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  1. “When a league’s free agency market is only a couple of guys and there are only a handful of trades per year, there are no market efficiencies to exploit.”
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    The other way to exploit inefficiencies is through the draft. Does Japan have something analogous? Any indication either way that OBP is a focus in evaluating players, or that some of the advanced stats have found their way in the discussion?

    Comment by schmenkman — February 3, 2010 @ 3:41 pm

  2. Saw Darvish pitch in the World Baseball Classic last year. That splitter is NASTY.

    Comment by csteve — February 3, 2010 @ 4:19 pm

  3. Hey Patrick, here’s another question I just thought of that you may have insight into:

    What’s the state of baseball in Asia outside of the big 3 of Japan, Korea, and Chinese Taipei?

    Could China, the Philippines, and possibly Indonesia ever make strides internationally, and possibly provide MLB/NPB quality players in the near future? The size of those countries (China especially) suggests that it’s fully possible for the sport to develop more in the countries.

    Comment by Joe R — February 3, 2010 @ 5:29 pm

  4. 1) Are there any rule differences between American and Asian baseball? Is the DH used?

    Yes. Games are called as a tie after 12 innings. This means that the bullpen/bench management is totally different from the MLB since you know that (outside the playoffs) you will never have to play more than 12.

    3) Can you comment on the skill level differences between Japanese and American ball? How would you expect a .300/400/500 hitter to perform coming here from Japan?

    Hardballtimes created equivalents for Japanese players coming to the US, and US players coming to Japan prior to the arrival of Fukudome (I believe) most recently. The short of it is that their batting average and OBP don’t suffer too much, but their power drops off a cliff.

    Are Japanese teams beginning to run and model themselves in the same way that MLB teams have, sabermetrically? I ask this due to the number of monsters from Japan that average-ify state side.

    Absolutely not. There is unbelievably little sabermetric thinking in Japan (though it has been increasing slightly as of late among certain communities, it is nowhere near the impact that sabermetrics have had on the MLB).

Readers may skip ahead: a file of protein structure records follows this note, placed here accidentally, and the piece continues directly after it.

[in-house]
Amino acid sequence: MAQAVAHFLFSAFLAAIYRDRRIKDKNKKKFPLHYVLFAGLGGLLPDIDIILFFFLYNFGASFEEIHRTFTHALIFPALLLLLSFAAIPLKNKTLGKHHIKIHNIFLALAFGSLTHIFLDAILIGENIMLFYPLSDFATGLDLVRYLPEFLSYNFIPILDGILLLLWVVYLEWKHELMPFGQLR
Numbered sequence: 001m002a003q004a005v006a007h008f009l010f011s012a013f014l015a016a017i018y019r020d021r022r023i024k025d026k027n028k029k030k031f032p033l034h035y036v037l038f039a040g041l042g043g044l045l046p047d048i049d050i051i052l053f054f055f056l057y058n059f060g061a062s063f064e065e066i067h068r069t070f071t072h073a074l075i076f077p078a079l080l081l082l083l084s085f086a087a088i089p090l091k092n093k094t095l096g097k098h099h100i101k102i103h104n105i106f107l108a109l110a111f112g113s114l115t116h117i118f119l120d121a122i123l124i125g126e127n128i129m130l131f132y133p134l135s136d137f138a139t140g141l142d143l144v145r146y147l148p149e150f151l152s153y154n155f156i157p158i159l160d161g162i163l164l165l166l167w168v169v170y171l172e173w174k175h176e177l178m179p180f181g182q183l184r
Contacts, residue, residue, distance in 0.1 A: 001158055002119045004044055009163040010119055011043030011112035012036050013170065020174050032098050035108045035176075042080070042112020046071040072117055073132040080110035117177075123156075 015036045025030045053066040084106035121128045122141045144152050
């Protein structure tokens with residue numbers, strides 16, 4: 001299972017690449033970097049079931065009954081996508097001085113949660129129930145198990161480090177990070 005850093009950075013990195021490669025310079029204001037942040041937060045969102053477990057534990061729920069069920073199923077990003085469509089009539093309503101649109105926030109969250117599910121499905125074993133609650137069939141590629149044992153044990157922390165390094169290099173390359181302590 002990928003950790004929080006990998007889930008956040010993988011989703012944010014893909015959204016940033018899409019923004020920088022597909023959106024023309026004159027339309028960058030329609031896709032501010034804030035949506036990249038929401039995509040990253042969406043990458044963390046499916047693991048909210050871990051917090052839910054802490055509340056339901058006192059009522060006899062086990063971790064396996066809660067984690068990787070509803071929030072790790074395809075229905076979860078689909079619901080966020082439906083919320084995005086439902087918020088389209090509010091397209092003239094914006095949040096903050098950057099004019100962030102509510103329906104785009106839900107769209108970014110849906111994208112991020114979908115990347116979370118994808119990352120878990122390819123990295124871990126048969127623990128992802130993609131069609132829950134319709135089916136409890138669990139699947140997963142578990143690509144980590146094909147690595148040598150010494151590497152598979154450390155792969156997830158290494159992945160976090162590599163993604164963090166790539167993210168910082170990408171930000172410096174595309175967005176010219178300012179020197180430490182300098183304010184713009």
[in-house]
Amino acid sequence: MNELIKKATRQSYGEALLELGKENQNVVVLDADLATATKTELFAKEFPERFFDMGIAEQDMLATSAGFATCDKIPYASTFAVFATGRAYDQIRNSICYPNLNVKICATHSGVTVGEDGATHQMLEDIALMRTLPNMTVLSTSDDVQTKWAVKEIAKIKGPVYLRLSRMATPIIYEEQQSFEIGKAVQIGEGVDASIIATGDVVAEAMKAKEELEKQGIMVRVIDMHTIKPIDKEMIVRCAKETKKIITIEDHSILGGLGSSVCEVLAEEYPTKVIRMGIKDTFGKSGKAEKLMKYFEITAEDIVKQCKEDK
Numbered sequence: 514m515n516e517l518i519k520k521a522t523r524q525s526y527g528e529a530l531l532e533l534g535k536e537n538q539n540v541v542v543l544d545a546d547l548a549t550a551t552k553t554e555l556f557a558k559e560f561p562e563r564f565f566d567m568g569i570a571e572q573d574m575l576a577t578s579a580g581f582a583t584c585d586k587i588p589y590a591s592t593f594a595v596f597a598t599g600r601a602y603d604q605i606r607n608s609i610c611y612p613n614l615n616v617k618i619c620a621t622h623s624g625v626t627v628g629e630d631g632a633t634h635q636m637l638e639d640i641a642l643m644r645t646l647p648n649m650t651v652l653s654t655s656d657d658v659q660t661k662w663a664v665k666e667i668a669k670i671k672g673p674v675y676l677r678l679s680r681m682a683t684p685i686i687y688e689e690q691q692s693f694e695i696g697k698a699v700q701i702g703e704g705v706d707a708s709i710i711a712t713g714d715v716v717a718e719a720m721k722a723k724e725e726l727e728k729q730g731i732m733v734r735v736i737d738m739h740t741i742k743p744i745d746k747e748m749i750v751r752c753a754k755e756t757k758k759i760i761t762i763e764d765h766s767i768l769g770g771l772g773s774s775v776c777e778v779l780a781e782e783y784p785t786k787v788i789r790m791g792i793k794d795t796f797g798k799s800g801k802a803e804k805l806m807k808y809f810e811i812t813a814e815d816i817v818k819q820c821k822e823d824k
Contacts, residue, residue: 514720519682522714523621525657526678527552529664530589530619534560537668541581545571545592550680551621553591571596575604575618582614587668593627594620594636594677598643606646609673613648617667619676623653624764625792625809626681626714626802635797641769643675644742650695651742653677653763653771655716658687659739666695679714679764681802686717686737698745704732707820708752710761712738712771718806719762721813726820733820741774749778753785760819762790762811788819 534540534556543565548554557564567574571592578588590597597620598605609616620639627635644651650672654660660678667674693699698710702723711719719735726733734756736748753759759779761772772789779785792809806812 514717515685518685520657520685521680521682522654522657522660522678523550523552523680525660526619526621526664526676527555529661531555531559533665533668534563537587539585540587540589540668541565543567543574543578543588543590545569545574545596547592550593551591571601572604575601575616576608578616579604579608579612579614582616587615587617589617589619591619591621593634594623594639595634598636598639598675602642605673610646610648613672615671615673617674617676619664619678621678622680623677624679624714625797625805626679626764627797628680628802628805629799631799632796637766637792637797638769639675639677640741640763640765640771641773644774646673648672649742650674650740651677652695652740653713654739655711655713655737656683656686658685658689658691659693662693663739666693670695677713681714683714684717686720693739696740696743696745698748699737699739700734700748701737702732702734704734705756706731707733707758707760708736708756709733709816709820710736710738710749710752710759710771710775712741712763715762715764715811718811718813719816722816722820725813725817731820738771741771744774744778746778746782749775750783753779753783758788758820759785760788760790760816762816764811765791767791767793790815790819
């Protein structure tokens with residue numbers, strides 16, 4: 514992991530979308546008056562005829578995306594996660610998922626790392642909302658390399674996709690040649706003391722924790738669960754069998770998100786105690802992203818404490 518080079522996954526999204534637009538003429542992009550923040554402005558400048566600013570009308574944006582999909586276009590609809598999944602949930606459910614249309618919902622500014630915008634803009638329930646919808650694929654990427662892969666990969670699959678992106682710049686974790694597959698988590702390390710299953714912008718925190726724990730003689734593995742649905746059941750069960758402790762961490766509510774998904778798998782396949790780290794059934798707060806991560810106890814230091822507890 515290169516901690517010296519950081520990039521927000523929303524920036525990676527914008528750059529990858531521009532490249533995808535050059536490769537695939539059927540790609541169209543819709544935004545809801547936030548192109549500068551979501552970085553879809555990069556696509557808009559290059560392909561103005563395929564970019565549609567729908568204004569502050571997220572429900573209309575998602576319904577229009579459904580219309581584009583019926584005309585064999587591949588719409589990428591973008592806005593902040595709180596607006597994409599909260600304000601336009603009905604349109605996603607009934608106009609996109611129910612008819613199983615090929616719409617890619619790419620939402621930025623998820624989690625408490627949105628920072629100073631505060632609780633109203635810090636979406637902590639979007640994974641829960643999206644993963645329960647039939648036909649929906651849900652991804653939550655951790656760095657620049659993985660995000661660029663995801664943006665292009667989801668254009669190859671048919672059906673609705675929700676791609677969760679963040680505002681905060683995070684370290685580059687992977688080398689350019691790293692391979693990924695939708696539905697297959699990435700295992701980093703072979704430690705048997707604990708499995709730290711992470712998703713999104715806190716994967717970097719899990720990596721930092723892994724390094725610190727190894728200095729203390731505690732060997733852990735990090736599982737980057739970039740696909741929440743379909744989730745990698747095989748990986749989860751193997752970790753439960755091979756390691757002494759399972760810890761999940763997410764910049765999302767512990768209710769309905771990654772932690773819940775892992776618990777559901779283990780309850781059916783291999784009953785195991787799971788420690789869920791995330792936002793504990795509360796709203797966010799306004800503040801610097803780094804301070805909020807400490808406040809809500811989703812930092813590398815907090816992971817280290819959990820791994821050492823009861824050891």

Stats, inc. has created a Japanese division, so that definitely has the potential to change how Japanese teams manage (if they can think of the massive subscription fee as worth it), but otherwise…

    The best chance (anyone with Japanese language skills listening?) would be to use sabermetrics to create betting manuals for high school baseball — there are zillions of Japanese betting on the yearly tournaments, who will happily look at new ideas if it helps them win those bets. There are already giant manuals of statistics/betting odds/whatever that come out every year…

    The other way to exploit inefficiencies is through the draft. Does Japan have something analogous? Any indication either way that OBP is a focus in evaluating players, or that some of the advanced stats have found their way in the discussion?

    The majority (?) of players are drafted from high schools, which means that they are playing in a highly variable league (like US high schools) and evaluating things like patience would be exceedingly difficult — how many HS players in the US start with patience after all?

    The people picked first are the guys who are the stars of the show — the ones who throw 200 pitches on consecutive days in the final games of the national baseball summer tournament. They are usually the same players who steal 3 bases and clock seventeen consecutive doubles, so really, it has nothing to do with their OBP most of the time — they’re winners!

    If you really want to look at it, you could take a draft class from year X and look at the BB% of players by their draft round.

    Comment by Sal Paradise — February 3, 2010 @ 8:05 pm

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